The baseball unwritten rule stuff is really getting old. A guy walks slow after a homerun, allows you to throw a baseball at his head? You throw a rock at somebody and you'll go to jail. You throw a baseball at them it's standing up for your teammates. Seems silly to me.
    This comment brought to you from the Rosedale Mall studio by Hamm's Beer, brewed in the land of sky blue waters.

  10. #70
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    Of course Gomez acted like a schmuck. The difference is, pitchers show up, bean, and brush hitters all the time nd hitters re supposed to ignore it. A guy takes an extra second after doing something really hard to do....and he is always the clown. The unwritten rules are so lopsided for pitchers I don't blame hitters for taking offense.

    its all nonsense and stupid, but pitchers do it and get away with it far more often.

  11. #71
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    I don't like the showboating, it annoys me. I like the reaction by McCann less though. Sure Gomez was showing Maholm up, but what did McCann think he was doing? He was blocking the path of the base runner twenty feet from home plate and not allowing Gomez to touch it. That sure as hell isn't one of baseball's unwritten rules. McCann was trying to make a spectacle just as much as Gomez was. Besides, before the HR, McCann and Gomez looked like they were jawing. When McCann blows his **** afterwards, it just looks like a sore loser as Gomez got the better of that battle.

    What happened to being the bigger man? Do your talking with the scoreboard and the standings. Did McCann and the Braves really think Gomez' antics were going to make him look cool and admired by the rest of the baseball world? Let him look like a fool; arrogant HR trots will turn off 90% of the people every time.
    Last edited by nicksaviking; 09-27-2013 at 02:58 PM.

  12. #72
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    Quote Originally Posted by TheLeviathan View Post
    Of course Gomez acted like a schmuck. The difference is, pitchers show up, bean, and brush hitters all the time nd hitters re supposed to ignore it. A guy takes an extra second after doing something really hard to do....and he is always the clown. The unwritten rules are so lopsided for pitchers I don't blame hitters for taking offense.

    its all nonsense and stupid, but pitchers do it and get away with it far more often.
    Not to ascribe blame to Bert Blyleven, as he's a product of his era, but he actually revels in these unwritten rules from the days of Gibson, Drysdale, Nolan Ryan, er al.

  13. #73
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    Quote Originally Posted by PseudoSABR View Post
    I think you're giving Gomez a pass; I'm not sure that Gomez gets to yap his mouth after he was plunked by a breaking ball months beforehand, I don't think that's an unwritten rule. That's ego.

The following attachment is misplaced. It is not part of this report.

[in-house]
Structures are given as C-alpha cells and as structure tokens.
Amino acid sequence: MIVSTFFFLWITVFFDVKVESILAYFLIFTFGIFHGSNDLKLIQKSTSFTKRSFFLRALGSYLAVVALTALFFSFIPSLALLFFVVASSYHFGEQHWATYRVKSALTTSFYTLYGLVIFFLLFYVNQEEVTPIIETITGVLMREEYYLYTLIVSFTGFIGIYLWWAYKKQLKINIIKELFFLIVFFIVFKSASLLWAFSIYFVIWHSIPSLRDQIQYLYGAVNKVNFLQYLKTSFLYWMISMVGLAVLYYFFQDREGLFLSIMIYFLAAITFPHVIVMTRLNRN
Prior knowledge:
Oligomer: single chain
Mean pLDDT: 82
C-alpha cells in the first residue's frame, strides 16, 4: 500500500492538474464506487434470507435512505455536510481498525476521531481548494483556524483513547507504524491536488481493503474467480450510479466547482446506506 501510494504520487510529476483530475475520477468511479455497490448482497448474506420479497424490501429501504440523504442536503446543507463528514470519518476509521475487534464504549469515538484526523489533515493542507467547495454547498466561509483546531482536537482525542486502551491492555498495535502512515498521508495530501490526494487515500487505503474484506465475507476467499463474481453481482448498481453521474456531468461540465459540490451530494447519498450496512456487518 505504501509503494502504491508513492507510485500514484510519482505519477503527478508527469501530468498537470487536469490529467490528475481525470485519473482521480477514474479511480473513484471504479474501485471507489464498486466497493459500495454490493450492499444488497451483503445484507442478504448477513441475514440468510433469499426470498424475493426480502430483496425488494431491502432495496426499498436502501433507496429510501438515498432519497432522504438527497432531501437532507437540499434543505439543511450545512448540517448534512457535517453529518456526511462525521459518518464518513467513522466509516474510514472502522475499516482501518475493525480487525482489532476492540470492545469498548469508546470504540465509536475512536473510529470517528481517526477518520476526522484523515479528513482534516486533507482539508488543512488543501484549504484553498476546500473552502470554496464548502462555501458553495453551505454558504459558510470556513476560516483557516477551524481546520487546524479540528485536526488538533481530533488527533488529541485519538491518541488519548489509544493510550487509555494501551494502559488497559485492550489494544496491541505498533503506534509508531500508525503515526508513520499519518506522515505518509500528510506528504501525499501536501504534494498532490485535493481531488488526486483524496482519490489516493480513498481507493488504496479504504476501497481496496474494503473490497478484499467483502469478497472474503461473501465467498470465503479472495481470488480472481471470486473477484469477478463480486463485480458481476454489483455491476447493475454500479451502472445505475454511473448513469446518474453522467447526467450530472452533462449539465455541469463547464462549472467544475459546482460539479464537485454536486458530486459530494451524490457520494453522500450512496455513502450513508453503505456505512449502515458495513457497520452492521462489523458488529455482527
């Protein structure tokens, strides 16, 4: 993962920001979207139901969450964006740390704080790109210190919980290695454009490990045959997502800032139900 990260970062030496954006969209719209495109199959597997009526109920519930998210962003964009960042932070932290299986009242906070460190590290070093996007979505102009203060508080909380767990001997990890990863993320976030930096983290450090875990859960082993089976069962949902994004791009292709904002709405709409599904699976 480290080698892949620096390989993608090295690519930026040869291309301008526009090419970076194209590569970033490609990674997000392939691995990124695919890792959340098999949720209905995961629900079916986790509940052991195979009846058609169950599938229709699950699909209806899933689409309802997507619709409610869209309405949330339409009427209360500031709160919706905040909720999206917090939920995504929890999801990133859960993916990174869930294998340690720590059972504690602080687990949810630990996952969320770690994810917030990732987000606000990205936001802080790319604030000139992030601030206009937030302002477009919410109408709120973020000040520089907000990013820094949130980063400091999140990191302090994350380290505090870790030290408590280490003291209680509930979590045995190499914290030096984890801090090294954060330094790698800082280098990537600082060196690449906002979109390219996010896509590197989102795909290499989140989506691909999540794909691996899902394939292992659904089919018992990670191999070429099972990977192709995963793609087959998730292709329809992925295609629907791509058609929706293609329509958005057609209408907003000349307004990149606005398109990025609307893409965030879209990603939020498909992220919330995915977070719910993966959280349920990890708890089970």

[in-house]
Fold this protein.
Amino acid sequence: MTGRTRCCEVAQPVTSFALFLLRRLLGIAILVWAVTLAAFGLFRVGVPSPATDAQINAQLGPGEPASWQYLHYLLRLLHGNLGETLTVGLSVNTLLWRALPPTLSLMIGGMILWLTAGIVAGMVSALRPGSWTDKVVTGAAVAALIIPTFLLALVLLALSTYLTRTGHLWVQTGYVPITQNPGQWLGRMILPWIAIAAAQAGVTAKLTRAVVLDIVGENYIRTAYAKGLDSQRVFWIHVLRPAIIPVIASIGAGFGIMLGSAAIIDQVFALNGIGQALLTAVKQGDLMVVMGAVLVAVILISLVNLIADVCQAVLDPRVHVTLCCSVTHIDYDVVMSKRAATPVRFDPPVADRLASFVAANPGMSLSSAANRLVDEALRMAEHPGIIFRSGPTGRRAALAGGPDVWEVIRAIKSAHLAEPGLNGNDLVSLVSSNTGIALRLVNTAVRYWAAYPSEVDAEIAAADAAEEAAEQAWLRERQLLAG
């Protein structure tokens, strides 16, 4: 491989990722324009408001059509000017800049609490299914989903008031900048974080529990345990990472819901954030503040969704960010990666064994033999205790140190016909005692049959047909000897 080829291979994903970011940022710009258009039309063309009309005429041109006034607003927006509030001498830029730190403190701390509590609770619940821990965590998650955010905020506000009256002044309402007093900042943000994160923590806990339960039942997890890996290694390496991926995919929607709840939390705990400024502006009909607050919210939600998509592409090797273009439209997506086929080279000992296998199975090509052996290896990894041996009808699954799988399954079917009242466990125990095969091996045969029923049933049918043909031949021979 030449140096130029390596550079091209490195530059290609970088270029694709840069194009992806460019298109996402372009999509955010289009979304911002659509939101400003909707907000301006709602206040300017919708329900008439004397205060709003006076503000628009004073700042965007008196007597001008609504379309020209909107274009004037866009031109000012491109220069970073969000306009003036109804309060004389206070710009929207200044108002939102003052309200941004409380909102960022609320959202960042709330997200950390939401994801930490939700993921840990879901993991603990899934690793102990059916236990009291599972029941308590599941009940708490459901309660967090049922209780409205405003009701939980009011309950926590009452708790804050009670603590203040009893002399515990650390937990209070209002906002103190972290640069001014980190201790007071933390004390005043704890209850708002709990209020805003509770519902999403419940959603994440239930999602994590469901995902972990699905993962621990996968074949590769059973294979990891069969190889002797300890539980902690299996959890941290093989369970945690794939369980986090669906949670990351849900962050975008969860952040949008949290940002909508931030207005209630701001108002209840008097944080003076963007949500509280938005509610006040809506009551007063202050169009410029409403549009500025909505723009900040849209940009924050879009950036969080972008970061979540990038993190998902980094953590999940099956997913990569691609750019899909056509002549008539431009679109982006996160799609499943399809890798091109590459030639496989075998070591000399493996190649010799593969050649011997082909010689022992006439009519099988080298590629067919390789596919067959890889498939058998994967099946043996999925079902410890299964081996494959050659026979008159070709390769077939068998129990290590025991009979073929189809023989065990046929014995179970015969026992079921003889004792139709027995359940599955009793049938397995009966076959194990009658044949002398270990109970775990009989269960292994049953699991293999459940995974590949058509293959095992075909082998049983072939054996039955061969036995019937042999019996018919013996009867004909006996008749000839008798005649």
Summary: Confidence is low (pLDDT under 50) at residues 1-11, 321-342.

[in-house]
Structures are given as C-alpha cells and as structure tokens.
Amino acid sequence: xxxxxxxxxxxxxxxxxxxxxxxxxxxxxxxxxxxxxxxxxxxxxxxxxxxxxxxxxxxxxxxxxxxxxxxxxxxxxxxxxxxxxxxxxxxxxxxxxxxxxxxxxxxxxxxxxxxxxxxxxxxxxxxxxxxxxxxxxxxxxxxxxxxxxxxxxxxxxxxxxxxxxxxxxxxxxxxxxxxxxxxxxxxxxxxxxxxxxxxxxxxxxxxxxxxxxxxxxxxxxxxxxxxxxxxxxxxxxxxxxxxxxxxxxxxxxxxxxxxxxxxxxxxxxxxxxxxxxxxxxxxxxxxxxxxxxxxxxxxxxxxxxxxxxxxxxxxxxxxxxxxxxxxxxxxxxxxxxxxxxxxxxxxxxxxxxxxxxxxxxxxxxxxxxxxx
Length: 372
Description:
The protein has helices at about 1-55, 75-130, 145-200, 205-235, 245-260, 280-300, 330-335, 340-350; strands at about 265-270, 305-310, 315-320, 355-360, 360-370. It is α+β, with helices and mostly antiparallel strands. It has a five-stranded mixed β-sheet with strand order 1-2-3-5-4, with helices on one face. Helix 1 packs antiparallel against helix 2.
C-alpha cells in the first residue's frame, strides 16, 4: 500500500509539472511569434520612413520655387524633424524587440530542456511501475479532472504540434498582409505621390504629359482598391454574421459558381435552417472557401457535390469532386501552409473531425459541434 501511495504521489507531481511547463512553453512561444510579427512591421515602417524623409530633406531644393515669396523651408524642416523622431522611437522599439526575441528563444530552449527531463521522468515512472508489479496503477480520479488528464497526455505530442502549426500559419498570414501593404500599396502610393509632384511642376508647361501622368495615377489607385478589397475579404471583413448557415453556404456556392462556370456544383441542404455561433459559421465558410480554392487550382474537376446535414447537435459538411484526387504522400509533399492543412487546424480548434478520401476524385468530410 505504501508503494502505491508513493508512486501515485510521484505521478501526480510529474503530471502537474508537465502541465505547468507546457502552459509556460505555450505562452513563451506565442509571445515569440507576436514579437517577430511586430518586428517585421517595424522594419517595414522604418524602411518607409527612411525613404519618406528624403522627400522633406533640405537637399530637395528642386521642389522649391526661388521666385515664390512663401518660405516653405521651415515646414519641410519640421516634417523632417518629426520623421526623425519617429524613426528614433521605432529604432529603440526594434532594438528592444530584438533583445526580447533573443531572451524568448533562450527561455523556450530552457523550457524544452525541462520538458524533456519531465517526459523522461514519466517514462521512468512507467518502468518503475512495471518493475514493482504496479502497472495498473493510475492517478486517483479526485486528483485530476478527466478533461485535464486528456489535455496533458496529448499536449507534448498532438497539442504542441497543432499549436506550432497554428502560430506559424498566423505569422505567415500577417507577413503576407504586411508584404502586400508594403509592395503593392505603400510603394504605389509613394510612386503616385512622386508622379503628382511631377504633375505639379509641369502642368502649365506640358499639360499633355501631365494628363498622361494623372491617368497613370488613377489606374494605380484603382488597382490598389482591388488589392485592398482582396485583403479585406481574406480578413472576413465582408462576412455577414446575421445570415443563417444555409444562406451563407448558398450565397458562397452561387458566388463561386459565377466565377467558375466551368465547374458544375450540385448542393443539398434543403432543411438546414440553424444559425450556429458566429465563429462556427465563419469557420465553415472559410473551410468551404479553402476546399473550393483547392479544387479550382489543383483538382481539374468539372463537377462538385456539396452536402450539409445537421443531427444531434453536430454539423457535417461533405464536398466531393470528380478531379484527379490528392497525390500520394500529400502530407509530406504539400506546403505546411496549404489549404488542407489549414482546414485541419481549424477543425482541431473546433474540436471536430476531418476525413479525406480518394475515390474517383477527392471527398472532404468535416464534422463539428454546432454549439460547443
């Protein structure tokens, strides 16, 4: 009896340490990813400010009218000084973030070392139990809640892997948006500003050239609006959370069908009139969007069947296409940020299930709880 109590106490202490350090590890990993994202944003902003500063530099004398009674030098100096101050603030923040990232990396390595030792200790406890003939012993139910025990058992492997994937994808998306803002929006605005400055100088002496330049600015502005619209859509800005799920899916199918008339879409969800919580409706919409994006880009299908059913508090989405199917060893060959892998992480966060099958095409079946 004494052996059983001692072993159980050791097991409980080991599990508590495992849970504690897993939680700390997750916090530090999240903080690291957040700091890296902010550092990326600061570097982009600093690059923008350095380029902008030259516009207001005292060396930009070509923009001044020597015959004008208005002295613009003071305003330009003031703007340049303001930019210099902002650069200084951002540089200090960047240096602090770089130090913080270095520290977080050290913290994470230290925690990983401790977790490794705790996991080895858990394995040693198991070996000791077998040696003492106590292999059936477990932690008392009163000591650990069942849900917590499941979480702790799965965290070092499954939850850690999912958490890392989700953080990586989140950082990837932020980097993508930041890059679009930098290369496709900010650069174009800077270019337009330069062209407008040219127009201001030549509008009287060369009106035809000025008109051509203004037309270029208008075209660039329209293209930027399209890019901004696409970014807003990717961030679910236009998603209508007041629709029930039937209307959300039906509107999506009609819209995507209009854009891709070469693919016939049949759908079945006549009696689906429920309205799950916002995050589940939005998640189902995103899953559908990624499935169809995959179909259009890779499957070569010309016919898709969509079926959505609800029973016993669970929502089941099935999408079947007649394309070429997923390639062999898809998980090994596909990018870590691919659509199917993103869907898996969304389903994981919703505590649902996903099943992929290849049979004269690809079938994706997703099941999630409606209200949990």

More than that, our own Twins did held Sano out for several games for a similar set of circumstances. Clearly, pimping home runs and yapping while trotting the baseball is something teams don't want their players doing.
    I'm giving Gomez a pass? Not at all. I think he acted like an idiot (see my previous post where I said I've got no problem with McCann and whoever else feeling like they can yap at him for being an idiot -- it was the blocking of the plate that was over the top). One person acting like an idiot does not require people to react to it in the same way.

  14. #74
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    Quote Originally Posted by TheLeviathan View Post
    Of course Gomez acted like a schmuck. The difference is, pitchers show up, bean, and brush hitters all the time nd hitters re supposed to ignore it. A guy takes an extra second after doing something really hard to do....and he is always the clown. The unwritten rules are so lopsided for pitchers I don't blame hitters for taking offense.

    its all nonsense and stupid, but pitchers do it and get away with it far more often.
    Ask Grienke about this.

    Beyond the risk of someone charging the mound, a pitcher puts his own teammates at risk by throwing intentionally at a guy, and often there's retaliation, if it's in the NL they'll throw at the pitcher himself, if not it will be the catcher or the team's best player.

  15. #75
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    Quote Originally Posted by Alex View Post
    I'm giving Gomez a pass? Not at all. I think he acted like an idiot (see my previous post where I said I've got no problem with McCann and whoever else feeling like they can yap at him for being an idiot -- it was the blocking of the plate that was over the top). One person acting like an idiot does not require people to react to it in the same way.
    You implied that Gomez was acting from the same set of unwritten rules, I'm suggesting he was not. That's what I meant by giving him a pass.

  16. #76
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    Quote Originally Posted by PseudoSABR View Post